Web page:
When most people think of Chicago pizza, they think of the deep-dish pies with cheese on the bottom. But the best pizza restaurants in Chicago make all kind of pizza. You’ll find organic, designer pies with gourmet pizza toppings, Neapolitan pizzas baked in wood-fired ovens, and square-sliced tavern-style pizzas covered in Italian sausage.
No discussion of Chicago Pizza is complete without mentioning Pizzeria Uno. The first Chicago-style pie was served here in 1943, and it was an immediate hit. So much so that they opened Pizzeria Due on the next block. The dough is made each morning, and the sauce-to-cheese ratio is just right. They make healthy, flatbread pizzas here too. You can choose multi-grain crust and top it with roasted eggplant, spinach, and feta. But why bother? If you come to Chicago and want to try a Chicago-style pizza, go to Pizzeria Uno, order a deep-dish with “the works” and repent later.
Lou Malnati’s is the other legendary Chicago deep-dish pizza restaurant. Lou’s dad, Rudy Malnati, was the chef at Pizzeria Uno, and some even credit him with inventing the deep-dish pizza when he worked there in the 1940s. The first Lou Malnati’s opened in Lincolnwood in 1971. Today, there are 30 Lou Malnati’s in the greater Chicagoland area. But if you don’t live in Chicago, no problem. They ship pizzas on dry ice to anywhere in the United States. The buttery crust travels pretty well.
Bacino’s specializes in stuffed pizzas, and several of them are pretty healthy. The owner, Dan Bacin, is committed to uses the freshest ingredients, and everything here is made from scratch. Spinach, broccoli, and mushroom are popular selections, but plenty of meat toppings are available. Bacino’s has been the top selling pizza at the Taste of Chicago for the last 30 years. The wine list is also a cut above.
Bricks Chicago has been serving gourmet, thin-crust pizzas since 1997. Try a Creole Shrimp Pizza with spicy shrimp, pesto, red peppers, mozzarella, and gouda or a Sweet Heat with chicken breast, bacon, diced jalapeno, smoked gouda, barbecue sauce, and mozzarella. If you don’t like any of the specialties, you can create your own with interesting pizza toppings like Maytag bleu cheese, pureed artichokes, or banana peppers. Bricks has a good selection of microbrews on draught and in the bottle.
Fans of Neapolitan pizza should head to Coalfire. The coal-burning oven here reaches temperatures up to 800 degrees Fahrenheit, which produced a crispy, yet chewy crust with a little bit of charring. In a departure from the Naples way, the pizza is topped with cheese first, and then tomato sauce. Three topping or fewer are recommended — the crust can’t hold up to more than that. The white pizza with ricotta, mozzarella, Romano cheese and fresh basil is delicious. And the Pizza Margherita may be the best in Chicago. Coalfire used to be BYOB, but they’re now serving beer and wine.
The first certified, organic pizza restaurant in the Midwest, Crust serves inventive flatbread pizzas that are cooked in a wood-burning oven. Try a cocktail made with one of their vodka infusions. Start your meal with brussel sprouts with crispy bacon, tapenade, roasted peppers, kalamata olives, caramelized onions, roasted garlic, goat cheese, and flatbread pieces, or a winter beet salad. Then try a pizza with slow-cooked beef brisket, house-made barbecue sauce and pepper jack cheese, or a Carbonara with bacon, béchamel, caramelized onions, peas, and a sunny-side up egg.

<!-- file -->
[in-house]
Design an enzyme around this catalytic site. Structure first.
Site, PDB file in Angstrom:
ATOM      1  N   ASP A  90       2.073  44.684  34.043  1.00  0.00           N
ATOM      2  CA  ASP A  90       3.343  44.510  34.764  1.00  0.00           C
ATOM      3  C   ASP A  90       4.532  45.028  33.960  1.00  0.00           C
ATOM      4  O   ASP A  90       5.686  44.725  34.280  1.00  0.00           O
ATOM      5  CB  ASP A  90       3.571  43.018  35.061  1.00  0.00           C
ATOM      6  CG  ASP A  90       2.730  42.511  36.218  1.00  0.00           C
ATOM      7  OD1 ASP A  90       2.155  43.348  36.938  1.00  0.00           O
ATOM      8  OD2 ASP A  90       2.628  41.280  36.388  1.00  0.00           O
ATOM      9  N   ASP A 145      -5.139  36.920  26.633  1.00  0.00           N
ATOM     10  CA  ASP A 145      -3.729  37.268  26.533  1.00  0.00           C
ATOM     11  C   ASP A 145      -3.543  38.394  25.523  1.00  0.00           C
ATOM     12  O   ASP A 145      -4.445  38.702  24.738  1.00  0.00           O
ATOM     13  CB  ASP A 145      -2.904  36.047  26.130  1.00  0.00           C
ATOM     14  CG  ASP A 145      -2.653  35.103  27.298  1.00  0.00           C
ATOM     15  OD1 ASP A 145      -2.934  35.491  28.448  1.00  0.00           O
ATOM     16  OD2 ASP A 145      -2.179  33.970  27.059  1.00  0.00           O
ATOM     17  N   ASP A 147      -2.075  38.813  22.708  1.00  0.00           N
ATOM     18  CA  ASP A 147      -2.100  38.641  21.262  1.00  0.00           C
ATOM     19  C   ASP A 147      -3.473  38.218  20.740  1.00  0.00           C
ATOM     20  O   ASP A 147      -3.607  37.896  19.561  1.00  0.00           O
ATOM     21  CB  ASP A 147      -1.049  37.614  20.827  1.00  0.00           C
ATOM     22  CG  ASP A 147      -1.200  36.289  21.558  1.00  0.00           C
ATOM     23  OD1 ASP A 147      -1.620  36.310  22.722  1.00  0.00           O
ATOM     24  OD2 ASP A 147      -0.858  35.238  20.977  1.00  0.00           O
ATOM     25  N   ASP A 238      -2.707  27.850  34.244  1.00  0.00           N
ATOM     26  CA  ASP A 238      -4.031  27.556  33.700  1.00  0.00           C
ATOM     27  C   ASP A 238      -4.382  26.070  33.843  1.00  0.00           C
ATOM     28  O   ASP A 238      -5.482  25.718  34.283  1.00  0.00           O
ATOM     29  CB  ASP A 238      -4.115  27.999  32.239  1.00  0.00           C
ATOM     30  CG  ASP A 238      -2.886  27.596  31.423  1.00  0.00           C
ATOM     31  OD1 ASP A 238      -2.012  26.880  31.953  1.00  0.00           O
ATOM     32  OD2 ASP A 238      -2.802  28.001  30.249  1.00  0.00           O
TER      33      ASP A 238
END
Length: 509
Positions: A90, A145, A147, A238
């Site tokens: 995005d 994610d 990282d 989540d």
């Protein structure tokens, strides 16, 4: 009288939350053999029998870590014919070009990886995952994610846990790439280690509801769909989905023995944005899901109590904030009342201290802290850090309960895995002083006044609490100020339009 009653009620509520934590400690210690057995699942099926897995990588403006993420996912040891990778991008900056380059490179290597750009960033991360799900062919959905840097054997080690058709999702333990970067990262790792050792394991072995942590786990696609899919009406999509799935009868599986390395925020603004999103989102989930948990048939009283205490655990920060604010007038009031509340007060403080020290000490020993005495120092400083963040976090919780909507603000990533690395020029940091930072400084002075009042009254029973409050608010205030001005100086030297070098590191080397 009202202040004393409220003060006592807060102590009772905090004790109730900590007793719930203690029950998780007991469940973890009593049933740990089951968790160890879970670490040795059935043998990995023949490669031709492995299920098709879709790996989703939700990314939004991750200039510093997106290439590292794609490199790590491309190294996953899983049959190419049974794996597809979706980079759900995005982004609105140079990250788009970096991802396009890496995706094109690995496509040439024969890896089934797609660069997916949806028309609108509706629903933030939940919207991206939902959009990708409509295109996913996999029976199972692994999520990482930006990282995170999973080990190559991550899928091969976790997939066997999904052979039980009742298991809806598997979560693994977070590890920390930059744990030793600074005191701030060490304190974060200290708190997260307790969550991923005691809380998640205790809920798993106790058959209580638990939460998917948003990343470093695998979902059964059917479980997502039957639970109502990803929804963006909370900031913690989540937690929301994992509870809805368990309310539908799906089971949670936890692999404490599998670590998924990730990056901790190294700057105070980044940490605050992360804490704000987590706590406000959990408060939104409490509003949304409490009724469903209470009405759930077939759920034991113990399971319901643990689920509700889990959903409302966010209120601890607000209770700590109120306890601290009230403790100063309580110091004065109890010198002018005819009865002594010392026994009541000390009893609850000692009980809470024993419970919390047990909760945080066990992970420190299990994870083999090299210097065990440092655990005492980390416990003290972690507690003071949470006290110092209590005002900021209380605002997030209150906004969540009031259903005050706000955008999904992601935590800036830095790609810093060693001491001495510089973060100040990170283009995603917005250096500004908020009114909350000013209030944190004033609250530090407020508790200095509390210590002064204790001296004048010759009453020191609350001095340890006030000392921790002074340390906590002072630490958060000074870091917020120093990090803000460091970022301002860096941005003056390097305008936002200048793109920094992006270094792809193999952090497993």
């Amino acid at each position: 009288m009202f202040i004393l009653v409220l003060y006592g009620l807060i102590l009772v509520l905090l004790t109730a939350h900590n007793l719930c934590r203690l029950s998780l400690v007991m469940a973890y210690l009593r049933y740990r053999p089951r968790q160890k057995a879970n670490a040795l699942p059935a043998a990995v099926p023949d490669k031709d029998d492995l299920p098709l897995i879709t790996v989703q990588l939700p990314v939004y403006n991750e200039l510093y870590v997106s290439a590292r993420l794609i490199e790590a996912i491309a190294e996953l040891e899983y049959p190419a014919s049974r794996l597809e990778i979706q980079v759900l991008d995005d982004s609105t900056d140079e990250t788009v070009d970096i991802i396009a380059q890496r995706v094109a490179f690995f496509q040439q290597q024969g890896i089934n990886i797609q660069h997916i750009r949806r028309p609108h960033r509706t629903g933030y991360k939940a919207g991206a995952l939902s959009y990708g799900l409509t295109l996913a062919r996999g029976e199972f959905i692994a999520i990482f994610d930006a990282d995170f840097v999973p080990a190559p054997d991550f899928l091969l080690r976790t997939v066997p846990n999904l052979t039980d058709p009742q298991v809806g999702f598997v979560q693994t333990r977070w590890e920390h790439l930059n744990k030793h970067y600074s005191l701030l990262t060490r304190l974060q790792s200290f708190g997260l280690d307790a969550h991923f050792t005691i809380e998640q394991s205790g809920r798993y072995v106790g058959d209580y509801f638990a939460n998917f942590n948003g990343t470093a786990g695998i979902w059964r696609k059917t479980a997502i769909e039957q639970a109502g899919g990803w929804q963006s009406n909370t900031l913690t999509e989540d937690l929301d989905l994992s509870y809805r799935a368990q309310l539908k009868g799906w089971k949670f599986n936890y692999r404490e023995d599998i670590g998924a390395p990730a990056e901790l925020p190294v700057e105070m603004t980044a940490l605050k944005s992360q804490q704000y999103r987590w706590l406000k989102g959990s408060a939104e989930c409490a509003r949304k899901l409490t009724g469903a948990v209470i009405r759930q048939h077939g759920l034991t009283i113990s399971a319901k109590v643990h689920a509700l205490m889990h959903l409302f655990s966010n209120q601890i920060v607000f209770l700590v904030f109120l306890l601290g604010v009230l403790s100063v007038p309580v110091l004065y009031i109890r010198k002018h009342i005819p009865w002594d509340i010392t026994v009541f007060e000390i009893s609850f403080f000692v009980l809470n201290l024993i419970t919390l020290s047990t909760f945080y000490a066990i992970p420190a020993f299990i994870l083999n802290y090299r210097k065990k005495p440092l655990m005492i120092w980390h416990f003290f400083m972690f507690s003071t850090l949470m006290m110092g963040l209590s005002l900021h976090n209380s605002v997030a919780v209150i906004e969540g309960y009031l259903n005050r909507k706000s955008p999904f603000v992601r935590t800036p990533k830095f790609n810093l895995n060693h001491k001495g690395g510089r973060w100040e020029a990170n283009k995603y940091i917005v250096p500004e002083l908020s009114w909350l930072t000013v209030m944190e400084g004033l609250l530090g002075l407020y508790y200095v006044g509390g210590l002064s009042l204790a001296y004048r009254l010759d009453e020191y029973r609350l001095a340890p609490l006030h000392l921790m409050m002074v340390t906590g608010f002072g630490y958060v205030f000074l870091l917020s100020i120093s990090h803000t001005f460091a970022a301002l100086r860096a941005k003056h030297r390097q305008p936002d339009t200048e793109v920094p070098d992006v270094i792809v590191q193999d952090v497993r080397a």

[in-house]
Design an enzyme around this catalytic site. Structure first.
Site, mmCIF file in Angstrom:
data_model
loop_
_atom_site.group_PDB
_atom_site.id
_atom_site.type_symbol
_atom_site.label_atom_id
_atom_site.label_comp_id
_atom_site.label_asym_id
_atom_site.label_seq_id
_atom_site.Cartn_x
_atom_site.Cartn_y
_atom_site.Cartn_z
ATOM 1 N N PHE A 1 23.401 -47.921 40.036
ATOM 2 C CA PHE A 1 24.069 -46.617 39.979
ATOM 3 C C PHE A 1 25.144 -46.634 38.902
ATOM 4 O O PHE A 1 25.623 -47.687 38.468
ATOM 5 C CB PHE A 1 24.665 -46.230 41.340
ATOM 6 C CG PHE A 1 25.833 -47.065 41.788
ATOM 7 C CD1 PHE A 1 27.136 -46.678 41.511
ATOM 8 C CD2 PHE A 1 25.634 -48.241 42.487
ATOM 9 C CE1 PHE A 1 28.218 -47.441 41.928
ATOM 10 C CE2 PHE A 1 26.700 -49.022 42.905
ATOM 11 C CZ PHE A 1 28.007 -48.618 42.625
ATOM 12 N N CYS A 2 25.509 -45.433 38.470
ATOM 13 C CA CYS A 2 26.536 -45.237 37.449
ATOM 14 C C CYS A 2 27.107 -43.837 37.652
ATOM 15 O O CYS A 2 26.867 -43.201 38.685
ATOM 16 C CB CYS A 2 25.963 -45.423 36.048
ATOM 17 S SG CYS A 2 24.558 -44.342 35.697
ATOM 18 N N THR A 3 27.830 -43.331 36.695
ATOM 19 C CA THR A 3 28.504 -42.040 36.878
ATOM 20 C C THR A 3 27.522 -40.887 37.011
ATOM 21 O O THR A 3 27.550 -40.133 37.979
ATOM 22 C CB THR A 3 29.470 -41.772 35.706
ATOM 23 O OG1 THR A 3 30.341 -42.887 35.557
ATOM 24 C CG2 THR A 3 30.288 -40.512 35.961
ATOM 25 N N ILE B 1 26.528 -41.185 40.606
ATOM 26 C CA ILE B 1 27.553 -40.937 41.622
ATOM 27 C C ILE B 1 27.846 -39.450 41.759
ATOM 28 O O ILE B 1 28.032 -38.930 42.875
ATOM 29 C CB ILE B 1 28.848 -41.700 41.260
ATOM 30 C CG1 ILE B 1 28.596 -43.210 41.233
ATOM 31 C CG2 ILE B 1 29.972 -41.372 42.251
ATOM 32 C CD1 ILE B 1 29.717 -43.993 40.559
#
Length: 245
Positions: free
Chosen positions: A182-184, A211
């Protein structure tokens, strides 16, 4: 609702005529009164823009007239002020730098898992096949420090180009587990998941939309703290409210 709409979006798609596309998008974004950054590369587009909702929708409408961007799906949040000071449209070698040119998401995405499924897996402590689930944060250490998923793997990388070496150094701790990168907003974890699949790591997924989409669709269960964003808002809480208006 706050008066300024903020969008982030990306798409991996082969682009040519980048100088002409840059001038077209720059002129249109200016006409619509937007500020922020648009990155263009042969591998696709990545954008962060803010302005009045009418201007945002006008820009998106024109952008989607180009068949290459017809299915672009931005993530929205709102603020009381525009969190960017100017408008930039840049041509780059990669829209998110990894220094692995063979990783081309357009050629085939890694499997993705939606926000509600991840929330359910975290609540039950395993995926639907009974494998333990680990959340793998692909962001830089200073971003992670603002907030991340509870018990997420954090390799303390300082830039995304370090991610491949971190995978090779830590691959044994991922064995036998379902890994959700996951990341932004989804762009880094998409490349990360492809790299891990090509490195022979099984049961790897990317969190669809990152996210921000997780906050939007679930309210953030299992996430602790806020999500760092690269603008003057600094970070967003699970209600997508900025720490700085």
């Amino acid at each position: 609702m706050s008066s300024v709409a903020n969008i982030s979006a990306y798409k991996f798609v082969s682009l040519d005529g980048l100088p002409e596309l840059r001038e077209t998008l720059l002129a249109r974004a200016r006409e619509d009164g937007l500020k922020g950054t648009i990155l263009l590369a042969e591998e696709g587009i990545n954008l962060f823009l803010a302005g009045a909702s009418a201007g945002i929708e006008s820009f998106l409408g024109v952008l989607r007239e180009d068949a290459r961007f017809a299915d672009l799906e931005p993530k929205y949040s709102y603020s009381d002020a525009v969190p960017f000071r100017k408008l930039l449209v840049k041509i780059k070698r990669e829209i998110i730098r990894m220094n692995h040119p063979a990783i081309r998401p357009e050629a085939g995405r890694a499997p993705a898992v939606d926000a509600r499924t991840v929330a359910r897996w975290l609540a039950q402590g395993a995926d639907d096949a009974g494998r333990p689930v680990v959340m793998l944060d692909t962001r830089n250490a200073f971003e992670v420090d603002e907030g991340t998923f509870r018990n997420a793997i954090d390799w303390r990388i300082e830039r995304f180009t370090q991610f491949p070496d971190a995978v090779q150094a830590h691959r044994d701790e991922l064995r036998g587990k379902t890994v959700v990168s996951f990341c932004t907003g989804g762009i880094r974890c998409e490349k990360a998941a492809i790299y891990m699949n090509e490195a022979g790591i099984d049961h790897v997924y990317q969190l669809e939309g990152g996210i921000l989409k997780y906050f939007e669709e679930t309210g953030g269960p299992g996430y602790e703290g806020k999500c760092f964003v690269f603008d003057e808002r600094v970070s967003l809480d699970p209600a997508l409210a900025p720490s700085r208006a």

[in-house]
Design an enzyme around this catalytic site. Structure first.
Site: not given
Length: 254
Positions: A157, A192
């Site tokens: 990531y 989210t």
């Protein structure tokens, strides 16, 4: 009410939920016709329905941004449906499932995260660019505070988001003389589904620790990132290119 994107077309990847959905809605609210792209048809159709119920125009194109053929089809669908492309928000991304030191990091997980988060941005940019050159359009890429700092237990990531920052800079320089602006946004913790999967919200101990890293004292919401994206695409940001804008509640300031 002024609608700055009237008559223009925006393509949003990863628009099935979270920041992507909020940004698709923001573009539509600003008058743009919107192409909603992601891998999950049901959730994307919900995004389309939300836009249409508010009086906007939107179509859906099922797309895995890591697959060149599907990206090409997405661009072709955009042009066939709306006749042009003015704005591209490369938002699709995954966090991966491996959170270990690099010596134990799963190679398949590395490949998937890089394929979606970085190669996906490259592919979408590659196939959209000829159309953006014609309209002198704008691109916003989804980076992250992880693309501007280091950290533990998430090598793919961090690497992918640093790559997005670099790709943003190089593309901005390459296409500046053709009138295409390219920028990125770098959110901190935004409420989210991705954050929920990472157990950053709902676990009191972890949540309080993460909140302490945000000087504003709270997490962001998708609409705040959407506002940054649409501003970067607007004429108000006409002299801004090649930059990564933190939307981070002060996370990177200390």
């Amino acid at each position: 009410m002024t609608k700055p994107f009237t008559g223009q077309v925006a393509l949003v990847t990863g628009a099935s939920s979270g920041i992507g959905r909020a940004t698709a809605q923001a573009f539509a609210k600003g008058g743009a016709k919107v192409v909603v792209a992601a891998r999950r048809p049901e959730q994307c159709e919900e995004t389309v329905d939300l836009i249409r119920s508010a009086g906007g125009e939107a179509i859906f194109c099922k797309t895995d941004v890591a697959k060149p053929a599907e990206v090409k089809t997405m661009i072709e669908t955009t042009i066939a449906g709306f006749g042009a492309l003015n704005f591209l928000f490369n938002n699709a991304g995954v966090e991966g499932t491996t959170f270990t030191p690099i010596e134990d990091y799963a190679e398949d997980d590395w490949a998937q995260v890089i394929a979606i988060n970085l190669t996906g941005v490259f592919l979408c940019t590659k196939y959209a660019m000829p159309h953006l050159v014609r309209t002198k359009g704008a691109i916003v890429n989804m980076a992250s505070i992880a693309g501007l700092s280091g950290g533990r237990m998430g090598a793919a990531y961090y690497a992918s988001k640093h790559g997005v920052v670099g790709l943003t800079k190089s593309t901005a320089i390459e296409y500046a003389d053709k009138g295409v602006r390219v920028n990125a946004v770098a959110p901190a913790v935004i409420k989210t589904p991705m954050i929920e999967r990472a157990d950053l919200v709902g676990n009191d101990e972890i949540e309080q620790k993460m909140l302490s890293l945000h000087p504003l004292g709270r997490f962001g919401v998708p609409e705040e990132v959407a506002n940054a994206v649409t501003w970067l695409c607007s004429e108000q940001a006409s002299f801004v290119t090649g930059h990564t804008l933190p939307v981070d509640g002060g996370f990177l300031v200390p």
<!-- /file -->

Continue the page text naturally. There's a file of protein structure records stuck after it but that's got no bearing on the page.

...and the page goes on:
Famous for its stuffed pizzas, Giordano’s has been in business since 1974. Two brothers from a town near Torino, Italy, named the restaurant after their mother, who made a double-crust pizza that inspired the pies served here. The flaky, buttery crust is what set Giordano’s apart — that and the prodigious amounts of stringy, mozzarella packed inside it. For something different, try the shrimp pizza.
One of the other great places in Chicago for Naples-style pizza is Sapore di Napoli. They import many of their ingredients from Italy, including Molino Caputo 00 flour, Bufala Mozzarella, and Calabria salami. Although the tomatoes aren’t the traditional San Marzanos from Campania, but Stanislaus from California. In keeping with Neapolitan tradition, toppings are simple and few. Try Quattro Formaggi with mozzarella, Italian gorgonzola, fontina, and Parmigiano Reggiano or Patate e Rosmarino with sliced potatoes and rosemary. Save room for some of their delicious gelato — there are more than a dozen flavors nightly.
The Art of Pizza serves deep-dish, thin-crust, and stuffed pizzas. They also serve Italian-style subs on yummy bread, ribs, wings, and pasta. But the deep-dish pies, voted best in the city by the Chicago Tribune, are the big draw. Try the Southwestern stuffed pizza with barbecue sauce, ground beef, onions, and bacon. Or the special with sausage, onions, mushrooms, and green pepper. For dessert, have a creamy, ricotta-filled cannoli.
Members of all the Neapolitan pizza associations, including Associazione Pizzauoli Napoletani and L’Associazione Vera Pizza Napoletana, Spacca Napoli makes authentic Naples-style pizza in a custom-made, wood-burning oven. In business since 2006, they import their flour, San Marzano tomatoes, and extra virgin olive oil. There’s an assortment of novel appetizers like new potatoes, tuna, cucumber, and capers or white anchovies over arugula, cherry tomatoes, and olives. A nice selection of Italian wines, and some lovely desserts. When the weather’s nice, you can dine outside on the terrace.